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  • Author or Editor: Barbara G. Brown x
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Barbara G. Brown
,
Richard W. Katz
, and
Allan H. Murphy

Abstract

A general approach for modeling wind speed and wind power is described. Because wind power is a function of wind speed, the methodology is based on the development of a model of wind speed. Values of wind power are estimated by applying the appropriate transformations to values of wind speed. The wind speed modeling approach takes into account several basic features of wind speed data, including autocorrelation, non-Gaussian distribution, and diurnal nonstationarity. The positive correlation between consecutive wind speed observations is taken into account by fitting an autoregressive process to wind speed data transformed to make their distribution approximately Gaussian and standardized to remove diurnal nonstationarity.

As an example, the modeling approach is applied to a small set of hourly wind speed data from the Pacific Northwest. Use of the methodology for simulating and forecasting wind speed and wind power is discussed and an illustration of each of these types of applications is presented. To take into account the uncertainty of wind speed and wind power forecasts, techniques are presented for expressing the forecasts either in terms of confidence intervals or in terms of probabilities.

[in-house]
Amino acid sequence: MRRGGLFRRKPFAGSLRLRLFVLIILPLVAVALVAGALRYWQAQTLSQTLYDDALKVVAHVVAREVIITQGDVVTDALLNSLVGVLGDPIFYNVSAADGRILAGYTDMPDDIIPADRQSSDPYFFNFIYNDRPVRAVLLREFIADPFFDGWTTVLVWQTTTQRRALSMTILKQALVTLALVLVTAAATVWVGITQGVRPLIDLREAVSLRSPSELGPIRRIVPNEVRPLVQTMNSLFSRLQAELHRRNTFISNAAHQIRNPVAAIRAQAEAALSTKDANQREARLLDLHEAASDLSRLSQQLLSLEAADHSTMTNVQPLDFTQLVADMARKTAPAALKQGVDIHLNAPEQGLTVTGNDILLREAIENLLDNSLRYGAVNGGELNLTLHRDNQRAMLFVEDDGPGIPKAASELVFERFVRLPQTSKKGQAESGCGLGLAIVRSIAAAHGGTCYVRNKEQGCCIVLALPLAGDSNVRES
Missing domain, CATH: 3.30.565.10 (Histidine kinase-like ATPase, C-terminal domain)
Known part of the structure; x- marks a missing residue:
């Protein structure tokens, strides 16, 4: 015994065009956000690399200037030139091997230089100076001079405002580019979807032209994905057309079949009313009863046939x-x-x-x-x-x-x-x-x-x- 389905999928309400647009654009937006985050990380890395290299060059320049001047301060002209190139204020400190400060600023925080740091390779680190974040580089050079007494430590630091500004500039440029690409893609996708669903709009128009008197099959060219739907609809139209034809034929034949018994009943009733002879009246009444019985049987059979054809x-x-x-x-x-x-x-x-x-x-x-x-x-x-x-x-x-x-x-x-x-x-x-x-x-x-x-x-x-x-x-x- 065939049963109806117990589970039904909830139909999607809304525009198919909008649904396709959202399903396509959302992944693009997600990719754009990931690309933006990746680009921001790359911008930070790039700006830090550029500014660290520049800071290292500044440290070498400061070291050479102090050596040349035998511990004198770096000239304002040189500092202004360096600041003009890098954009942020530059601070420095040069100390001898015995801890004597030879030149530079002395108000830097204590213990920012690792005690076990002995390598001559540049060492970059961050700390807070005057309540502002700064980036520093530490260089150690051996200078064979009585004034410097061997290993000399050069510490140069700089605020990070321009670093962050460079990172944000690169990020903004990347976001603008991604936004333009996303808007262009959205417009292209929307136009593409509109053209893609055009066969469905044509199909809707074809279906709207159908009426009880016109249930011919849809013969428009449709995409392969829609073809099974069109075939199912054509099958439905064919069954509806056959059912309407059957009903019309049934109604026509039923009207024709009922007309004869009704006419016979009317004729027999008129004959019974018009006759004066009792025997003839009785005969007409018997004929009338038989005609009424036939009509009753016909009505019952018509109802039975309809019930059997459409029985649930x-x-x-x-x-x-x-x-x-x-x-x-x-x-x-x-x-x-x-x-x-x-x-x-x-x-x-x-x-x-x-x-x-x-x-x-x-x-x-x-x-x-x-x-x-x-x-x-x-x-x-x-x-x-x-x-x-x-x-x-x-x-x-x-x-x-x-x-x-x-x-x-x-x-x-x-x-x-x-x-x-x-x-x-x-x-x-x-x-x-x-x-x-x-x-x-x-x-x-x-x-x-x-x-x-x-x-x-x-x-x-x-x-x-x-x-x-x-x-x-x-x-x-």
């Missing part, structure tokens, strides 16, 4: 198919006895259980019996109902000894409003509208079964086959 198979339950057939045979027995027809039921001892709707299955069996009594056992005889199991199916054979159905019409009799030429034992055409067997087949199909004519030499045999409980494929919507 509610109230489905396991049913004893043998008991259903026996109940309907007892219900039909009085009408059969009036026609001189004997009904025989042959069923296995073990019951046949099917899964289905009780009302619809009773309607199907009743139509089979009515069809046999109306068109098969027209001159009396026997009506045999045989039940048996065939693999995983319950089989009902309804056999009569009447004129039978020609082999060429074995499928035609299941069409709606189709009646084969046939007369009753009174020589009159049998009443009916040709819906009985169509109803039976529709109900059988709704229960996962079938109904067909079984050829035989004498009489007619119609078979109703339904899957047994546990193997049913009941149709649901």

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Barbara G. Brown
,
Richard W. Katz
, and
Allan H. Murphy

Abstract

The use of a concept called a precipitation “event” to obtain information regarding certain statistical properties of precipitation time series at a particular location and for a specific application (e.g., for modeling erosion) is described. Exploratory data analysis is used to examine several characteristics of more than 31 years of primitive precipitation events based on hourly precipitation data at Salem, Oregon. A primitive precipitation event is defined as one or more consecutive hours with at least 0.01 inches (0.25 mm) of precipitation. The characteristics of the events that are considered include the duration, magnitude, average intensity and maximum intensity of the event and the number of hours separating consecutive events.

By means of exploratory analysis of the characteristics of the precipitation events, it is demonstrated that the marginal (i.e., unconditional) distributions of the characteristics are positively skewed. Examination of the conditional distributions of some pairs of characteristics indicates the existence of some relationships among the characteristics. For example, it is found that average intensity and maximum intensity are quite dependent on the event duration. The existence and forms of these relationships indicate that the assumption commonly made in stochastic models of hourly precipitation time series that the intensities (i.e., hourly amounts within an event) are independent and identically distributed must be violated. Again using exploratory data analysis, it is shown that the hourly intensities at Salem are, in fact, stochastically increasing and positively associated within a precipitation event.

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Ben C. Bernstein
,
Frank McDonough
,
Marcia K. Politovich